Fahad Ahmad Bishra in Conversation with Rosie Bsheer
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Following the 1991 Gulf War, political elites in Saudi Arabia saw Islamist movements as the leading threat to state power, and accordingly, they sought to de-center religion from educational, cultural, and spatial policies. This book explores the increasing secularization of the postwar Saudi state and how it manifested in assembling a national archive and reordering urban space in Riyadh and Mecca. The elites’ project was rife with ironies: In Riyadh, they employed world-renowned experts to fashion an imagined history, while at the same time in Mecca they were overseeing the obliteration of a thousand-year-old topography and its replacement with commercial megaprojects. Archive Wars shows how the Saudi state’s response to the challenges of the Gulf War served to historicize a national space, territorialize a national history, and ultimately refract both through new modes of capital accumulation.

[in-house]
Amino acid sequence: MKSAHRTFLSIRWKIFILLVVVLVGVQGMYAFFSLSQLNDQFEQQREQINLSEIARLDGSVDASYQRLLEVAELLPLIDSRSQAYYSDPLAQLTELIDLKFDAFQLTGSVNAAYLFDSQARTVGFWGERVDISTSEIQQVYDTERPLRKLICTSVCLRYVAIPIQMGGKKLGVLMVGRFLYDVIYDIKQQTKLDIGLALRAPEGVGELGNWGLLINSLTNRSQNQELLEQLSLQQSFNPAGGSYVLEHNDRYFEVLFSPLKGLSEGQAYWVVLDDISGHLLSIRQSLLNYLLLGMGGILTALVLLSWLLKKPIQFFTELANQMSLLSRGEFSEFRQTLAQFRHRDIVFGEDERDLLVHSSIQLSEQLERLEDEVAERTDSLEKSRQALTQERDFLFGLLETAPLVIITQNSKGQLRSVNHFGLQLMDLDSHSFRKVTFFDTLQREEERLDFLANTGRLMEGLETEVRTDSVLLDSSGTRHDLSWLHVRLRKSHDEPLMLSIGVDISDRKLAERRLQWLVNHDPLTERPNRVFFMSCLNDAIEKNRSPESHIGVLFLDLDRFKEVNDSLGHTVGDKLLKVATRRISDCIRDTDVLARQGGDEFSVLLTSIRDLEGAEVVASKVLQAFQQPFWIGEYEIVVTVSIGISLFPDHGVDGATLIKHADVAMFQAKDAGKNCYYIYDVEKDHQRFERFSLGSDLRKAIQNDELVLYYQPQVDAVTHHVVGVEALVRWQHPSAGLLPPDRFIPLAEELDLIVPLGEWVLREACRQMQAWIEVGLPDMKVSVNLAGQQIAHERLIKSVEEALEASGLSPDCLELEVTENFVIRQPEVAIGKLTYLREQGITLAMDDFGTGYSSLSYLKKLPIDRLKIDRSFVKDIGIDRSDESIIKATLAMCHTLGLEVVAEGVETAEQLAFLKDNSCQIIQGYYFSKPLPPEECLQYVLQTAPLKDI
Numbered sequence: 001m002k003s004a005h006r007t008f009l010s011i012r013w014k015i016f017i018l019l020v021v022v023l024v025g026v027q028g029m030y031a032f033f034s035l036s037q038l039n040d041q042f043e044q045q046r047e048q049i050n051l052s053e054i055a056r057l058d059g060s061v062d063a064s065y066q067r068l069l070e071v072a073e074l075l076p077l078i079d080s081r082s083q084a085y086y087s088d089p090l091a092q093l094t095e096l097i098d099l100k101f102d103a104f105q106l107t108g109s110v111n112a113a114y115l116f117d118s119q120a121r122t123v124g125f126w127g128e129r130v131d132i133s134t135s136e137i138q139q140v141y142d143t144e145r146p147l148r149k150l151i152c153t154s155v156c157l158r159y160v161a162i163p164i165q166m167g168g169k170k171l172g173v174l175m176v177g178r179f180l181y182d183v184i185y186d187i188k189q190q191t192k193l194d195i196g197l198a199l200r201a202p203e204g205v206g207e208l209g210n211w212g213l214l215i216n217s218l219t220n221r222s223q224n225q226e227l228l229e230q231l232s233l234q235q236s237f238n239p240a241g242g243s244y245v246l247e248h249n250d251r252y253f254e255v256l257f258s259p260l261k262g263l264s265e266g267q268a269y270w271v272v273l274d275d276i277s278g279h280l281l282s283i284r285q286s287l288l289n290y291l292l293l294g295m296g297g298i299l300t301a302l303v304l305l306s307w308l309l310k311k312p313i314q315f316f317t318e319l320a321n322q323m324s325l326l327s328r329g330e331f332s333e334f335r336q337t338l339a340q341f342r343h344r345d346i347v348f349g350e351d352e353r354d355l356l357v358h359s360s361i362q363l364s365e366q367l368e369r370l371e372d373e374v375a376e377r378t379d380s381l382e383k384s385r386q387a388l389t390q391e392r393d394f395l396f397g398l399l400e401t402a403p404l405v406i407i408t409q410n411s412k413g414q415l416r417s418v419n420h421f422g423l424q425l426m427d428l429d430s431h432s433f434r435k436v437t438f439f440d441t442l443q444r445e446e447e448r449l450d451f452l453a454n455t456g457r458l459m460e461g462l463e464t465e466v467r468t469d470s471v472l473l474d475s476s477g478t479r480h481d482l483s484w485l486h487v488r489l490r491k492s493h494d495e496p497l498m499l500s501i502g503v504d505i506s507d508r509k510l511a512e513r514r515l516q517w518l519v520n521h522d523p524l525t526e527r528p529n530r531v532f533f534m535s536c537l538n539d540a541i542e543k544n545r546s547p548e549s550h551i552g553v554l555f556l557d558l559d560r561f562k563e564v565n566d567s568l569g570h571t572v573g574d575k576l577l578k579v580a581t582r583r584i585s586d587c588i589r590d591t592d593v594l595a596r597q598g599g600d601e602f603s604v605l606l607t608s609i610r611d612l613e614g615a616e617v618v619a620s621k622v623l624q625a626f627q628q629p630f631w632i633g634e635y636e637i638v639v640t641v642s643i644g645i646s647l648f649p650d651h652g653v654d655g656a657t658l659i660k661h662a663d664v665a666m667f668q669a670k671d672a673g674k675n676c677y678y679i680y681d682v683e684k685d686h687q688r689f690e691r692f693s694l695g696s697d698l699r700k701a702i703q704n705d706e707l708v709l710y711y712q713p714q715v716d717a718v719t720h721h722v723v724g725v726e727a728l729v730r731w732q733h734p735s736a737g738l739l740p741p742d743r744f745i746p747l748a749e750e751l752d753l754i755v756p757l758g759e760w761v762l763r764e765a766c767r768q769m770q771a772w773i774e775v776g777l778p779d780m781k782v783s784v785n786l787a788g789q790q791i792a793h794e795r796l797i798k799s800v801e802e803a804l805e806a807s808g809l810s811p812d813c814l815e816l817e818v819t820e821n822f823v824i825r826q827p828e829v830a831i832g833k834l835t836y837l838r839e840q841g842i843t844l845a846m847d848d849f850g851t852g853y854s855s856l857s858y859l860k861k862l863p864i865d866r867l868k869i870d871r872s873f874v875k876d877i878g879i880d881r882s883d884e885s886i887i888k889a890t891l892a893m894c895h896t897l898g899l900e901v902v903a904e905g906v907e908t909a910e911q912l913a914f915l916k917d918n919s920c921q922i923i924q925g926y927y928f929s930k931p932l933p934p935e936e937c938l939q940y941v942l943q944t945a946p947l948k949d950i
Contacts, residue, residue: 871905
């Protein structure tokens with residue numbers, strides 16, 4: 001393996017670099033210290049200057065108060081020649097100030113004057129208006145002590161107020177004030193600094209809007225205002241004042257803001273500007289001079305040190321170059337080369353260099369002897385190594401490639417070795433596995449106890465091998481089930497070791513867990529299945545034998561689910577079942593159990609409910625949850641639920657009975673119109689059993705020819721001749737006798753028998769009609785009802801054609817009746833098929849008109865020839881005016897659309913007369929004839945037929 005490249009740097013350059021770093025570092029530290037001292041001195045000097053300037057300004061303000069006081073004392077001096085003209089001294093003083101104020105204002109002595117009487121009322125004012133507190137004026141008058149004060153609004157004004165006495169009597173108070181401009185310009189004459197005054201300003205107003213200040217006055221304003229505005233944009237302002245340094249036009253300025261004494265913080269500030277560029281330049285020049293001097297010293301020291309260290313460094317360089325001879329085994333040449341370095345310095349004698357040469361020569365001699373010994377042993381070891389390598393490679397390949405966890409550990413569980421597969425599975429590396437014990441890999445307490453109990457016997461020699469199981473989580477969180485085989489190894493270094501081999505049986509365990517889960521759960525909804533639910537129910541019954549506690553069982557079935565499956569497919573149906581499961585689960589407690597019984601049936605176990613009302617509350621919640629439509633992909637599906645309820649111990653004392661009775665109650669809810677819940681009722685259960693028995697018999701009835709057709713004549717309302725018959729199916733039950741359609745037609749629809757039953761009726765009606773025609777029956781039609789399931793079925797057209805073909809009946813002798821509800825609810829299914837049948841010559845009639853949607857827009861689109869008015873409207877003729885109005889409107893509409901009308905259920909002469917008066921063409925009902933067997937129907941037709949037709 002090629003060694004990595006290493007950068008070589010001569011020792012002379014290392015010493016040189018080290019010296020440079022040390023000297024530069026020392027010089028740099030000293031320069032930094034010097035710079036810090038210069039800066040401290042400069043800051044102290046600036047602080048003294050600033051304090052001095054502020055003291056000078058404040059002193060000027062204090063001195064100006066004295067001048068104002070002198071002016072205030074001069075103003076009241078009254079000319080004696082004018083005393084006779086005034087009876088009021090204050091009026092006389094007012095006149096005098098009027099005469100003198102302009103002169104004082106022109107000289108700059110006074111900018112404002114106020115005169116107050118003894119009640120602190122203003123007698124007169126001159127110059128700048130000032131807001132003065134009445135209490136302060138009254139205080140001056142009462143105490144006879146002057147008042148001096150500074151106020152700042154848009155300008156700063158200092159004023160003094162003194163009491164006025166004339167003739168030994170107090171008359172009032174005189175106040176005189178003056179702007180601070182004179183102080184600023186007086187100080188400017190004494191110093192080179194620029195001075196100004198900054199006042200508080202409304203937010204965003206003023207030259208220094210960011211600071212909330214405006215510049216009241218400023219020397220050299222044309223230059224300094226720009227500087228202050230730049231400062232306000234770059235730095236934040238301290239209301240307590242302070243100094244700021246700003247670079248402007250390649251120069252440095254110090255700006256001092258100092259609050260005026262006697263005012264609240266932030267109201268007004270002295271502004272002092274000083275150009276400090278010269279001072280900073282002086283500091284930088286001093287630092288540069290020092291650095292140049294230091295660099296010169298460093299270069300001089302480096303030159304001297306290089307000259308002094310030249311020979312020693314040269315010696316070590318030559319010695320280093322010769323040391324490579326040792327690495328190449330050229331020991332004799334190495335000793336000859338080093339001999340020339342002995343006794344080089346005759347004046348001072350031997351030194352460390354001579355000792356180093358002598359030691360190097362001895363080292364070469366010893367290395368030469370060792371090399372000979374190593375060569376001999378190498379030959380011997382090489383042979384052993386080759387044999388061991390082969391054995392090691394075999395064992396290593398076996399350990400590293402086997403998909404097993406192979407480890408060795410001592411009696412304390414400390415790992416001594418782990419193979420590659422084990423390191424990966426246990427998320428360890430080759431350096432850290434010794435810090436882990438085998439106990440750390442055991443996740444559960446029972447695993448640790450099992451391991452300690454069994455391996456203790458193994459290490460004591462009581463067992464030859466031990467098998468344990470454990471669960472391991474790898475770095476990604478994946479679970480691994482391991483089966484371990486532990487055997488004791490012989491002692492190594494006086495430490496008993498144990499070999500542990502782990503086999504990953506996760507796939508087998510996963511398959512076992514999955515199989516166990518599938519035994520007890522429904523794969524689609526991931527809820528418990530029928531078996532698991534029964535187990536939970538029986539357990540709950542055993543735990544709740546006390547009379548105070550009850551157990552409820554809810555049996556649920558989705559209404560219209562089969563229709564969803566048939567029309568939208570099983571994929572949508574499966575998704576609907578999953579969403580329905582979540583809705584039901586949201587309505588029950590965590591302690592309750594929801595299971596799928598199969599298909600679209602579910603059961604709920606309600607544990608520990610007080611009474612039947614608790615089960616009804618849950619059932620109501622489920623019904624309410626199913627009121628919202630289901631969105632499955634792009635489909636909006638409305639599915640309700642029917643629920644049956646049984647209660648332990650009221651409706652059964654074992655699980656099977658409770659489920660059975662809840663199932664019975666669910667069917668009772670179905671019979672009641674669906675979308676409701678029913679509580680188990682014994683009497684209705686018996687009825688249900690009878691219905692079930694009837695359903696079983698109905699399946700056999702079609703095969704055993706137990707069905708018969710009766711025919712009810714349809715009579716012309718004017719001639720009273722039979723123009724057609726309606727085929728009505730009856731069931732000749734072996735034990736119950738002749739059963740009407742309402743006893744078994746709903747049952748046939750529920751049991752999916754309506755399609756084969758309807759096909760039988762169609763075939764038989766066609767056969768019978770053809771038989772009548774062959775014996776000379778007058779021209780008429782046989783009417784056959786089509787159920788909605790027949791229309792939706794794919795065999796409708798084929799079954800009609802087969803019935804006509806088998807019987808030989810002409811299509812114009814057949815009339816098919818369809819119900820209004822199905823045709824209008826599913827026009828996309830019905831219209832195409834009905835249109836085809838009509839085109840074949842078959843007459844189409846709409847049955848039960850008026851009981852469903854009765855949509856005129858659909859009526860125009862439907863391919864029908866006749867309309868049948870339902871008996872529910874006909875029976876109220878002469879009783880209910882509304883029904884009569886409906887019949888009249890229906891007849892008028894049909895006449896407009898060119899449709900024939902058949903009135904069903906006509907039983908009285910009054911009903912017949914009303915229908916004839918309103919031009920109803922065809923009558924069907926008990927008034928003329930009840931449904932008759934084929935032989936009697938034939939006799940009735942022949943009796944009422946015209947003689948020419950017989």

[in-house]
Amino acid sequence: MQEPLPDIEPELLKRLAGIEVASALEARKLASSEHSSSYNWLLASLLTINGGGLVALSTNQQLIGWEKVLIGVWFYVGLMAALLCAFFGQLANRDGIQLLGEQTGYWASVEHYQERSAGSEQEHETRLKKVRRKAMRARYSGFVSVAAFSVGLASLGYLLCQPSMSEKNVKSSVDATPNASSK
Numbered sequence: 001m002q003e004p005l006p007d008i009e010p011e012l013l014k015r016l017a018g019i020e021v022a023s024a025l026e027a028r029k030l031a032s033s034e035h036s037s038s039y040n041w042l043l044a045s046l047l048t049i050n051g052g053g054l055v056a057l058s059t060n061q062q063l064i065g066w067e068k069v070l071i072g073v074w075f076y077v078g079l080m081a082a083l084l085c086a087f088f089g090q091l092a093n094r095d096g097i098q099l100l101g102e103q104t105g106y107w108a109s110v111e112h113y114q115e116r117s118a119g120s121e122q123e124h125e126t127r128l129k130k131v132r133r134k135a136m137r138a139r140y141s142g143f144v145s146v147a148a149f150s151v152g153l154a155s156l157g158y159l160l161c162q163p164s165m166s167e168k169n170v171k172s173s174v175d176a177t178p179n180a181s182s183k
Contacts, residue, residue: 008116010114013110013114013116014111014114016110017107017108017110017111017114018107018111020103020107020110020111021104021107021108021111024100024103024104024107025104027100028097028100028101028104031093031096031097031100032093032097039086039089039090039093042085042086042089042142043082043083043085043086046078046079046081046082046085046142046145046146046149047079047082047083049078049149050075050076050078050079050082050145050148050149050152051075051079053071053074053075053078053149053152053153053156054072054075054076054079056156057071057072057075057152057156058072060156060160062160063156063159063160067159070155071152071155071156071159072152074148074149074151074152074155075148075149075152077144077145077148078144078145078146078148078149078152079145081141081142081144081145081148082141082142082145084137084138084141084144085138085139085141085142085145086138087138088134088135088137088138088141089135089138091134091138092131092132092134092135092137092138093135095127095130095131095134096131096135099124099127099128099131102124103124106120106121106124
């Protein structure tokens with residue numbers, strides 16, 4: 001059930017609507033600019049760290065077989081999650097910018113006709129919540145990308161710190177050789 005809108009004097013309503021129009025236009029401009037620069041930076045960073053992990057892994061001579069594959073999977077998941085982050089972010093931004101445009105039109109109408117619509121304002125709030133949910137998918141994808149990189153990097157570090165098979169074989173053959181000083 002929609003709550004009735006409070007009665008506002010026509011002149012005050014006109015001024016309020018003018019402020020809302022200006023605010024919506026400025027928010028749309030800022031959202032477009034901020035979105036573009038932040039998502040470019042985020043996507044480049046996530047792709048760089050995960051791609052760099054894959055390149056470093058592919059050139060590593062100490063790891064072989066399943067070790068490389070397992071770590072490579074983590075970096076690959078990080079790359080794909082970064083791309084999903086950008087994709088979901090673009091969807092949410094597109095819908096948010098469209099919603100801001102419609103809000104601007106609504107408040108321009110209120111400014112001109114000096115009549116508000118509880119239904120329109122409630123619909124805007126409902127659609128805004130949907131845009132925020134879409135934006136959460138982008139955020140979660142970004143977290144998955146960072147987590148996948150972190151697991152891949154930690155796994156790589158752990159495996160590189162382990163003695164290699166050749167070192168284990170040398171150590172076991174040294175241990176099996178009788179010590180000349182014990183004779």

Fahad Ahmad Bishara is Rouhollah Ramazani Associate Professor of History at the University of Virginia. He specializes in Indian Ocean history and the Arabian Peninsula and Gulf Studies. He is the author of A Sea of Debt: Law and Economic Life in the Western Indian Ocean, 1780-1950 (Cambridge University Press, 2017).
Rosie Bsheer is a historian of the modern Middle East. Her teaching and research interests center on Arab intellectual and social movements, petro-capitalism and state formation, and the production of historical knowledge and commemorative spaces.